Comfort and Liberation – 7th May 2017

In the Easter season we remind ourselves again of what the risen life means. What does it mean when we sing “Christ is risen–we are risen.” What do the Easter people do? What difference does the resurrection make? How can the world see the risenness of Christ?

We are glad to have with us today Marcelline Budza thanks to Richard Hide. In 2013 Marceline founded the women’s coffee producing association Rebuild Women’s Hope. In the Democratic Republic of Congo, the country considered to be the most dangerous place in the world to be a woman , she has helped many women regain economic empowerment as coffee farmers. Marcelline and Rebuild Women’s Hope have already helped more than 1000 women register as farmers and subsequently sell their coffee. That coffee is now available in this country.

That seems to me to be a good example of what the resurrection and the resurrection life is all about – enabling downtrodden people to rise up and reclaim their lives so that they may in the words of the gospel “have life and have it in all its abundance.”

This is central to the biblical record. As Richard Holloway says in his fascinating book A Little History of Religion , “Judaism had started as a slave religion. The voice that spoke to Moses from the burning bush told him to free his children from Egypt and lead them to the promised land.… Judaism was the faith of a people who longed for liberation from bondage. So did the African-American slaves. They made the story their own, and they sang songs about it.

Go down, Moses,

Way down in Egypt land,

Tell old Pharaoh,

to let my people go

“Christianity also began as a liberation movement. Jesus was God’s agent for bringing on earth  a kingdom unlike anything yet seen in history. It would bring down the mighty from their seats and exalt humble and meek. It would replace the way of oppression with the way of justice. It would heal the sick and liberate captives. And it would be brought about by a Messiah who would be whipped and taunted as he carried his cross to Calvary

“Listening to these words, how could the slaves fail to hear them as a description of their own condition?… They might not yet be able to read the Bible but they knew how to be the Bible. Its longing for liberation was their longing.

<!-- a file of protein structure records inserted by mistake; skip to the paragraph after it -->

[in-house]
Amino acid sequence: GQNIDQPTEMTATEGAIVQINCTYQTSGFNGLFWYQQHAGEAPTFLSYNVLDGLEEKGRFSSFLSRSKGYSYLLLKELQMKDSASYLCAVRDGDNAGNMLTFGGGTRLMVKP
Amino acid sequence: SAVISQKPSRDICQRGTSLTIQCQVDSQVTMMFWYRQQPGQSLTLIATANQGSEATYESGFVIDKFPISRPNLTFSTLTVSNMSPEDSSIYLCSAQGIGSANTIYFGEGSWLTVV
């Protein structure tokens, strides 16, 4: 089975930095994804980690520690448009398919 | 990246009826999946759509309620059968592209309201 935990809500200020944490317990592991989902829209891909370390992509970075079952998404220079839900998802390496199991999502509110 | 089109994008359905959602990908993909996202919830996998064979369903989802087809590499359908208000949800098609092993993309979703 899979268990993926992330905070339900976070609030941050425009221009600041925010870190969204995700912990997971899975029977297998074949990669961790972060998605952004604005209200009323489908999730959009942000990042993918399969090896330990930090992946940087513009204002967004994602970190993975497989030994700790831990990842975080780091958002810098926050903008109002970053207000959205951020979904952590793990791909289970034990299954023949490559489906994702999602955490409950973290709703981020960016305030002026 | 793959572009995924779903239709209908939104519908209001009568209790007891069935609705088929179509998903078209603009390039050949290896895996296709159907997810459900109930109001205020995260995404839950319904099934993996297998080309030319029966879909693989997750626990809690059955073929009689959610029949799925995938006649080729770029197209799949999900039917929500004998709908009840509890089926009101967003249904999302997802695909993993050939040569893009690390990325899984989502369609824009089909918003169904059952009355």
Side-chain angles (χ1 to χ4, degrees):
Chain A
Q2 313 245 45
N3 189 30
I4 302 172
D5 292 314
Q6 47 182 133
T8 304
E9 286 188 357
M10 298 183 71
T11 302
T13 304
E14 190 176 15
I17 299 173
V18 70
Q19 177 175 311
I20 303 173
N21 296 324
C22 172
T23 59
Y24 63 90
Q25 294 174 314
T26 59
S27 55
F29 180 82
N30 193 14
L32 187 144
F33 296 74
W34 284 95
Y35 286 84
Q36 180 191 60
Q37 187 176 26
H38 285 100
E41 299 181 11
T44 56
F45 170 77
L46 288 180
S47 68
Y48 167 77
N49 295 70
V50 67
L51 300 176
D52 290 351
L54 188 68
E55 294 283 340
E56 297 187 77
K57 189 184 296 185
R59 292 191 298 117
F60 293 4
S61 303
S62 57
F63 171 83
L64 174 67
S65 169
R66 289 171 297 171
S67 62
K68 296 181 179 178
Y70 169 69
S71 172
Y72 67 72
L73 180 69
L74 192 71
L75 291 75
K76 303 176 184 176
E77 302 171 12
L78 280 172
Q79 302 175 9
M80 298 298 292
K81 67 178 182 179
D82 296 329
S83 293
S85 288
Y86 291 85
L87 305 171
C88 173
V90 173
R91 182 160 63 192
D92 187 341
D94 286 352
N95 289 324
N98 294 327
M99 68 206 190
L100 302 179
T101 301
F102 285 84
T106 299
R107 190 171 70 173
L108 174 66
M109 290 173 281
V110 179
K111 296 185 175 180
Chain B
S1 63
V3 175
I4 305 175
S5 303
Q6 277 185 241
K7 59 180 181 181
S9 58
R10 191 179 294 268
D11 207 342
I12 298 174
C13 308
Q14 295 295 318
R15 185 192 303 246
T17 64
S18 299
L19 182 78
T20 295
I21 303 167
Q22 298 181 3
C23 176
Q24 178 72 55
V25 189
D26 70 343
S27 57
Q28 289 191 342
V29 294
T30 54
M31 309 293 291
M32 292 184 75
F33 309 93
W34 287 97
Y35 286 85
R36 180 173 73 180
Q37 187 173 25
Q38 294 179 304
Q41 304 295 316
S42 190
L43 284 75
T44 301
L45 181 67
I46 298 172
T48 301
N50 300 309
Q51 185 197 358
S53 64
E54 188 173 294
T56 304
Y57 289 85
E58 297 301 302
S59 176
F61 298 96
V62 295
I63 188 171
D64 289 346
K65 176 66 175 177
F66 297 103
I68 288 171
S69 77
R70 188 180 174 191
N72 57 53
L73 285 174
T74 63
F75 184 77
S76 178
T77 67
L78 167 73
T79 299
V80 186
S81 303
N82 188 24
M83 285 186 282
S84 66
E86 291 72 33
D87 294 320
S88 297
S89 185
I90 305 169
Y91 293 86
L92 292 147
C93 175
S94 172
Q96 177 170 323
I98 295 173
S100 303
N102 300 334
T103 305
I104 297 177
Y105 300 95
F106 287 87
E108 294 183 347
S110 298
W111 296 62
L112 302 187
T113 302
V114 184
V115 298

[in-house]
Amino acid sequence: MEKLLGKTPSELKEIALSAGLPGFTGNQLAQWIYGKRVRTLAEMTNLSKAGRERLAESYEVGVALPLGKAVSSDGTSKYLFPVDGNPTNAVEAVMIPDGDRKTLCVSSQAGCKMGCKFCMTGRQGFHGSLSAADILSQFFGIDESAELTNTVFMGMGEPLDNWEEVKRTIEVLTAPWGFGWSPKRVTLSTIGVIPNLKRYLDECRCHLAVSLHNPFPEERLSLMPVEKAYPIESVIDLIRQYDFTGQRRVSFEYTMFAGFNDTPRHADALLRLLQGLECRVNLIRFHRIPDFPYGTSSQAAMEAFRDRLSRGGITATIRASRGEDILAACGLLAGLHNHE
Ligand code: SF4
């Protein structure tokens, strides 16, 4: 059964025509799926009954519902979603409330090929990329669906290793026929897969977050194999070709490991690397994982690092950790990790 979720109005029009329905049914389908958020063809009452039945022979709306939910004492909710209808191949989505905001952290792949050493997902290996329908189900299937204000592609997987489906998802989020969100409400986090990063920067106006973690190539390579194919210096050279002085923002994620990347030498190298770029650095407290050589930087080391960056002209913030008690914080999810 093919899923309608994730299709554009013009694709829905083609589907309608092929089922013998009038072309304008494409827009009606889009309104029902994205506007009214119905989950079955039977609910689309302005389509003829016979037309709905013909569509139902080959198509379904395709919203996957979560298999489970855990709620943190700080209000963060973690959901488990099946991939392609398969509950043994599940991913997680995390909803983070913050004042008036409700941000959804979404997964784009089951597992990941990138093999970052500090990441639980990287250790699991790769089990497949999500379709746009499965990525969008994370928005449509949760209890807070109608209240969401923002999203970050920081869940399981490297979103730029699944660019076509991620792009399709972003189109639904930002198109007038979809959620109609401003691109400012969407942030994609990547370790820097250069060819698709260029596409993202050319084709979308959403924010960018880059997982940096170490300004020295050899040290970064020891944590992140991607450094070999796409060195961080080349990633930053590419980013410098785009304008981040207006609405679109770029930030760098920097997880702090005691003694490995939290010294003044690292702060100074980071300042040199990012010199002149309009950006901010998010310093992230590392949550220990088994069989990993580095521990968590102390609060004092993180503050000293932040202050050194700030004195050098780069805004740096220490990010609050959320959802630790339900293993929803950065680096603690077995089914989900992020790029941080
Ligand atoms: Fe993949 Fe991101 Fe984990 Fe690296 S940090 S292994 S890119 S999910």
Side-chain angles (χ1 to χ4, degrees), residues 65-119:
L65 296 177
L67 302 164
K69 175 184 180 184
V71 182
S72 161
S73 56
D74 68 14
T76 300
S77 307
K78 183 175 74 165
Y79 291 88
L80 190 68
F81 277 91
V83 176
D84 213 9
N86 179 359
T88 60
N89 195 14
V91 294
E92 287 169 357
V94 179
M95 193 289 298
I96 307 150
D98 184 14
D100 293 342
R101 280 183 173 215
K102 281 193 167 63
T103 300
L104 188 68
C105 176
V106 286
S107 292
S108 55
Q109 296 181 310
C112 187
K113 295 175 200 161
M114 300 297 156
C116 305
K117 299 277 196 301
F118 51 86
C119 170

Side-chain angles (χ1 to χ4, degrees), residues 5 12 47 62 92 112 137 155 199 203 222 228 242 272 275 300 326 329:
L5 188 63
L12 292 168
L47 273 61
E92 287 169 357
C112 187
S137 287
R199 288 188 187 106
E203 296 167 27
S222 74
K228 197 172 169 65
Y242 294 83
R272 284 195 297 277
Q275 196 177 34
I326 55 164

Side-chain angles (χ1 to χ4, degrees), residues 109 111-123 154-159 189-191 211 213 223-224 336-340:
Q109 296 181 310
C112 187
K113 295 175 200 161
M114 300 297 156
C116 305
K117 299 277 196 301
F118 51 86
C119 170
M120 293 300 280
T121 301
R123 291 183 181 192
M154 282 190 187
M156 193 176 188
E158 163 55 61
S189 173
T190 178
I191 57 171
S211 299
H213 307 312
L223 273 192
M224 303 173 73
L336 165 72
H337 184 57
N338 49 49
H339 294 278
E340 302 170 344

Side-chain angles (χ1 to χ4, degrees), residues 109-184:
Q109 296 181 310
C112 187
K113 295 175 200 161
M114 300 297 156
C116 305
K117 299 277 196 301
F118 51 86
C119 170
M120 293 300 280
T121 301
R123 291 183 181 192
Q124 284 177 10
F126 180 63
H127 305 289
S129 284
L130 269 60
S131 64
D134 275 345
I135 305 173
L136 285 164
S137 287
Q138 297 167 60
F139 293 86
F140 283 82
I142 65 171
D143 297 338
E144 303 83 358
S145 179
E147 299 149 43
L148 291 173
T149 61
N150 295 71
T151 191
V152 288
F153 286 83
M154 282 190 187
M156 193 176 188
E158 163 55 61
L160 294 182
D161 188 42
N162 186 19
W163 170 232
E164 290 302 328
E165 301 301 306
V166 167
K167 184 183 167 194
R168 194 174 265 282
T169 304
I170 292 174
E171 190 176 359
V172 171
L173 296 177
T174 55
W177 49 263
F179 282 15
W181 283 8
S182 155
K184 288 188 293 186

“Then something else started to happen in the way they used it. The Bible sang of their yearning to be free, certainly. It echoed their longing for something they did not yet have and might never have. But then they started using it in their worship in a way that gave them freedom within the system that imprisoned them. Their preachers did not just talk about the stories in the Bible. They made them present (so that) if only for an hour or two, they escaped from the whip and the taunt into an ecstasy that transported them to another place.

Steal away, steal away, steal away to Jesus!

Steal away, steal away home,

I ain’t got long stay.

“They were enacting another of religion’s purposes, its ability to console and sweeten the lot of those who bear unendurable sorrow… Only an ungenerous mind would fail to sympathise with those whose misery is eased in this way. Only a heart of stone would be unmoved by the sight of a congregation of slaves finding consolation in the promise of Jesus to take them home.”

It is important to recognise the validity and value of such consolation. It can be a true resurrection experience for those of us who has been overwhelmed by life and its problems. “But that wasn’t the only use the African-Americans made of Judeo-Christianity and its stories. They did something more directly political with it. They used its message to campaign against racism and injustice. For them America was still Egypt land and they were still in bondage. (In the last century) their new Moses was the preacher Martin Luther King who called on old Pharaoh yet again to let his people go.”

Holloway goes on: “Religion may begin with mystical experiences but it always leads to politics.” That is a typically provocative remark by Richard Holloway but it has a lot of truth in it. He continues: “Sometimes the politics are bad. People are persecuted for following the wrong faith or listening to the wrong voice.… But sometimes the politics are good. They are about liberation not oppression.… Religion is no longer used as an opiate to dull the pain of injustice and inequality but as a stimulant to overcome it.”  (Quotations from pp 191 – 196)

And surely what distinguishes the two, the bad from the good, is how they look in the light of the Resurrection. Does this enable people to have life and have it in all its abundance? Does it enable people to continue to hope? Given the long catalogue of things about which we might despair, surely it is the wonder and power of the Resurrection which can enable us to keep hoping and to keep working that “your kingdom may come on earth as it is in heaven.”

Surely the resurrection should foster in us a divine impatience that things do not have to be like this. Thank you Marcelline for bringing us one heartwarming example of how things can be, whether or not they are explicitly in Christ’s name.

I finish with another quote from Richard Holloway, from his book Doubts and Loves:

“So I end with what may appear to be a paradox: I can say I believe in that resurrection then, the Jesus resurrection, because I see resurrection now, see stones rolled away and new possibilities rising from old attitudes. If a belief is an action indicator rather than a purely mental event, belief in resurrection means that I must commit myself to the possibility of transformation. That means continuing to struggle with the intractability of my own nature; it means joining with others in action to bring new life to human communities that are still held in the grip of death. (Richard Holloway, Doubts and Loves, Edinburgh: Canongate, 2002, pp 141–142).

 

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